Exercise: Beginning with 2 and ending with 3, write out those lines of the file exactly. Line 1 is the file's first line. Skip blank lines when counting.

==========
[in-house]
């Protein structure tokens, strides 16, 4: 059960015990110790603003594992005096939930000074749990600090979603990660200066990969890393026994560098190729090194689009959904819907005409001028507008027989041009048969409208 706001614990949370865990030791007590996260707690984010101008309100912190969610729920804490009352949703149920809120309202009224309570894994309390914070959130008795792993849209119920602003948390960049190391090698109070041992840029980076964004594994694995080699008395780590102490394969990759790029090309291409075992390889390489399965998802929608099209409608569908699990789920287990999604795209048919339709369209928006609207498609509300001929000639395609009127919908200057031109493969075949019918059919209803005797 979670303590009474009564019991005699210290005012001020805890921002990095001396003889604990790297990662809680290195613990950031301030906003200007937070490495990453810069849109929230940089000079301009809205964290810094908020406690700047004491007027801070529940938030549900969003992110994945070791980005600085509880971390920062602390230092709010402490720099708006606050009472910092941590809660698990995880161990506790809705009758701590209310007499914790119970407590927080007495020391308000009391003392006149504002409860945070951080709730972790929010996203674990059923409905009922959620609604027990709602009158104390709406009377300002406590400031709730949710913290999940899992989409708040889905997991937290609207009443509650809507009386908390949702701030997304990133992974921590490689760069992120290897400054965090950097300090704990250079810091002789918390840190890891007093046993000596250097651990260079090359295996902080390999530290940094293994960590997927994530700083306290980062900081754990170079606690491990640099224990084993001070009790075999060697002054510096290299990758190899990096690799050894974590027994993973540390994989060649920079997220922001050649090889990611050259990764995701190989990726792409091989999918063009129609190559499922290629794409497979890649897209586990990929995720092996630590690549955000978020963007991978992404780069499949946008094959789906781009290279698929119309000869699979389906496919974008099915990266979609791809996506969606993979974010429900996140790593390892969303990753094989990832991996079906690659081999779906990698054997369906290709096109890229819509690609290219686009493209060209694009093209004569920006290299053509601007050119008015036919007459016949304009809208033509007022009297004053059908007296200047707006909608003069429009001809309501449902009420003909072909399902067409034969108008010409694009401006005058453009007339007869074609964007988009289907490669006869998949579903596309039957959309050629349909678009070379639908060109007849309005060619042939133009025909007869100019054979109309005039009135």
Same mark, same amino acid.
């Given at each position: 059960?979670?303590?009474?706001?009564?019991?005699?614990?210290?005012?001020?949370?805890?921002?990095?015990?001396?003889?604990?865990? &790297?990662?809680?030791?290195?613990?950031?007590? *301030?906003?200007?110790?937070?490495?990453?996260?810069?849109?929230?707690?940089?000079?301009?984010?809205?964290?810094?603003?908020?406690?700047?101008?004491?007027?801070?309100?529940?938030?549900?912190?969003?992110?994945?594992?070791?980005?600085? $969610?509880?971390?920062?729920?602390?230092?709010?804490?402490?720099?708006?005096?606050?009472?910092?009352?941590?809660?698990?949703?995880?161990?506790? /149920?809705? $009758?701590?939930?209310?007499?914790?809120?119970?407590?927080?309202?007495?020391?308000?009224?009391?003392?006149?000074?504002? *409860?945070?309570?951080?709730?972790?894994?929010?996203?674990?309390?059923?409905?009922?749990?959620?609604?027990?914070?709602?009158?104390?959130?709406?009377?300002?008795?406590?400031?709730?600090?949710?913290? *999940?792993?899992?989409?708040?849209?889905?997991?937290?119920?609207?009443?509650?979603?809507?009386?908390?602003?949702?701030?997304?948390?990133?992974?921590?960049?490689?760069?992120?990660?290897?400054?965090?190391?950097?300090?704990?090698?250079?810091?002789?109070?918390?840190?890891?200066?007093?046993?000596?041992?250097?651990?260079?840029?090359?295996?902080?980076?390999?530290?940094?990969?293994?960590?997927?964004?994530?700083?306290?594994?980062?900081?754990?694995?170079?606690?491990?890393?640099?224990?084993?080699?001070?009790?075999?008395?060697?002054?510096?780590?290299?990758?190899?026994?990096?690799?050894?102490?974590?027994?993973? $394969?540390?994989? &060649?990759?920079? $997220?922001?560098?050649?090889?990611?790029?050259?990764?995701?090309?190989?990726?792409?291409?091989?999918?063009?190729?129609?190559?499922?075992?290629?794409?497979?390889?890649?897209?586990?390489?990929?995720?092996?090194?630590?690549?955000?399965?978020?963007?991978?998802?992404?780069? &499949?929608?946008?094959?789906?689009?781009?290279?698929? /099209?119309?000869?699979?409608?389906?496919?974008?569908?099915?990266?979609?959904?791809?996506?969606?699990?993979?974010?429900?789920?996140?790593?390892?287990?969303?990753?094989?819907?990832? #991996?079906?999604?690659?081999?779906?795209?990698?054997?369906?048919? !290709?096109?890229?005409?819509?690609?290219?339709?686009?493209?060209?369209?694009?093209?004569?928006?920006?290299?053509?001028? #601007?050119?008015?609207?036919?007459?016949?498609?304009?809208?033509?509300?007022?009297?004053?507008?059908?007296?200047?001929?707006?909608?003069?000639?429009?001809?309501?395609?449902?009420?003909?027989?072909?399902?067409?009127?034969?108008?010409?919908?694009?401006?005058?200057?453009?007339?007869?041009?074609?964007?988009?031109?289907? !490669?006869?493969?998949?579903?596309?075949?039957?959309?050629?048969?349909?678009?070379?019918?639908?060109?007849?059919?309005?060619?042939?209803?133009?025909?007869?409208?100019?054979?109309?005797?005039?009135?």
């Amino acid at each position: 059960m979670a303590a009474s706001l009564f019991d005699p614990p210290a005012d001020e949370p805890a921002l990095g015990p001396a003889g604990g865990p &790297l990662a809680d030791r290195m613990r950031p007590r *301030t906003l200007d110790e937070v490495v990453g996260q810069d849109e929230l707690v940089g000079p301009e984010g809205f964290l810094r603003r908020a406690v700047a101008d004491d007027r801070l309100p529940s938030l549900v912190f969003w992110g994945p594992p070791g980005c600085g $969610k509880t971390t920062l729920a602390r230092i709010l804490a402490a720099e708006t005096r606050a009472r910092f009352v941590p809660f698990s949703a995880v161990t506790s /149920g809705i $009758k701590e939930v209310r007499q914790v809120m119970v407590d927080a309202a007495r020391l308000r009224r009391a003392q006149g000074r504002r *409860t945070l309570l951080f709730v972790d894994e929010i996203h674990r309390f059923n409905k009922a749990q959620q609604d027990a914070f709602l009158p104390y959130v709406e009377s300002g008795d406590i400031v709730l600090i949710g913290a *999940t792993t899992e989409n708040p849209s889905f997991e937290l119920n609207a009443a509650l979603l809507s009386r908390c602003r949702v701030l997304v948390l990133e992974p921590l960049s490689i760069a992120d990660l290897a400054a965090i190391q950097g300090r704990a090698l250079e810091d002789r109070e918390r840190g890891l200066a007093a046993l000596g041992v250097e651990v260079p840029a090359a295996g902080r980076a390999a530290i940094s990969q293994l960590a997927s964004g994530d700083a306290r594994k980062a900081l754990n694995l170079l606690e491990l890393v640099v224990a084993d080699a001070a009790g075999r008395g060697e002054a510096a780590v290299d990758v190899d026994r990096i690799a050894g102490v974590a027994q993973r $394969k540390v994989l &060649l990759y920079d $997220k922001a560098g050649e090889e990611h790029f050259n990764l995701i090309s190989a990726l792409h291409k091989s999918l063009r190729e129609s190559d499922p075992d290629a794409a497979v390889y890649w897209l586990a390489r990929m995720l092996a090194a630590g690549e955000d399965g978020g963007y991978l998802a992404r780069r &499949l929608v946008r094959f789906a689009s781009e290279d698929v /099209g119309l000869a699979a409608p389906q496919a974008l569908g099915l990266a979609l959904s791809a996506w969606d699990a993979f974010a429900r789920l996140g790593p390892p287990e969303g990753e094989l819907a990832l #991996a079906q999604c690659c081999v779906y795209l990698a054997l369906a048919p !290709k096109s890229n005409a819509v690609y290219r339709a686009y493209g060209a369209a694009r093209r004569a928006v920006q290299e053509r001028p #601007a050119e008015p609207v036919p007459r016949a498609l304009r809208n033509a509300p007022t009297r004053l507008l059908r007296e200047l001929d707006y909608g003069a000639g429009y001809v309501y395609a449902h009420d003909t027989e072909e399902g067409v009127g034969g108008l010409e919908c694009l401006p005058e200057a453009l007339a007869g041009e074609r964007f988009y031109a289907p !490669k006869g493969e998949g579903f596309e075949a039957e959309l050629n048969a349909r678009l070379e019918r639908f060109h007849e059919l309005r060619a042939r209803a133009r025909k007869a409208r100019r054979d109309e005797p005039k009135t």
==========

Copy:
């Protein structure tokens, strides 16, 4: 059960015990110790603003594992005096939930000074749990600090979603990660200066990969890393026994560098190729090194689009959904819907005409001028507008027989041009048969409208 706001614990949370865990030791007590996260707690984010101008309100912190969610729920804490009352949703149920809120309202009224309570894994309390914070959130008795792993849209119920602003948390960049190391090698109070041992840029980076964004594994694995080699008395780590102490394969990759790029090309291409075992390889390489399965998802929608099209409608569908699990789920287990999604795209048919339709369209928006609207498609509300001929000639395609009127919908200057031109493969075949019918059919209803005797 979670303590009474009564019991005699210290005012001020805890921002990095001396003889604990790297990662809680290195613990950031301030906003200007937070490495990453810069849109929230940089000079301009809205964290810094908020406690700047004491007027801070529940938030549900969003992110994945070791980005600085509880971390920062602390230092709010402490720099708006606050009472910092941590809660698990995880161990506790809705009758701590209310007499914790119970407590927080007495020391308000009391003392006149504002409860945070951080709730972790929010996203674990059923409905009922959620609604027990709602009158104390709406009377300002406590400031709730949710913290999940899992989409708040889905997991937290609207009443509650809507009386908390949702701030997304990133992974921590490689760069992120290897400054965090950097300090704990250079810091002789918390840190890891007093046993000596250097651990260079090359295996902080390999530290940094293994960590997927994530700083306290980062900081754990170079606690491990640099224990084993001070009790075999060697002054510096290299990758190899990096690799050894974590027994993973540390994989060649920079997220922001050649090889990611050259990764995701190989990726792409091989999918063009129609190559499922290629794409497979890649897209586990990929995720092996630590690549955000978020963007991978992404780069499949946008094959789906781009290279698929119309000869699979389906496919974008099915990266979609791809996506969606993979974010429900996140790593390892969303990753094989990832991996079906690659081999779906990698054997369906290709096109890229819509690609290219686009493209060209694009093209004569920006290299053509601007050119008015036919007459016949304009809208033509007022009297004053059908007296200047707006909608003069429009001809309501449902009420003909072909399902067409034969108008010409694009401006005058453009007339007869074609964007988009289907490669006869998949579903596309039957959309050629349909678009070379639908060109007849309005060619042939133009025909007869100019054979109309005039009135």
Same mark, same amino acid.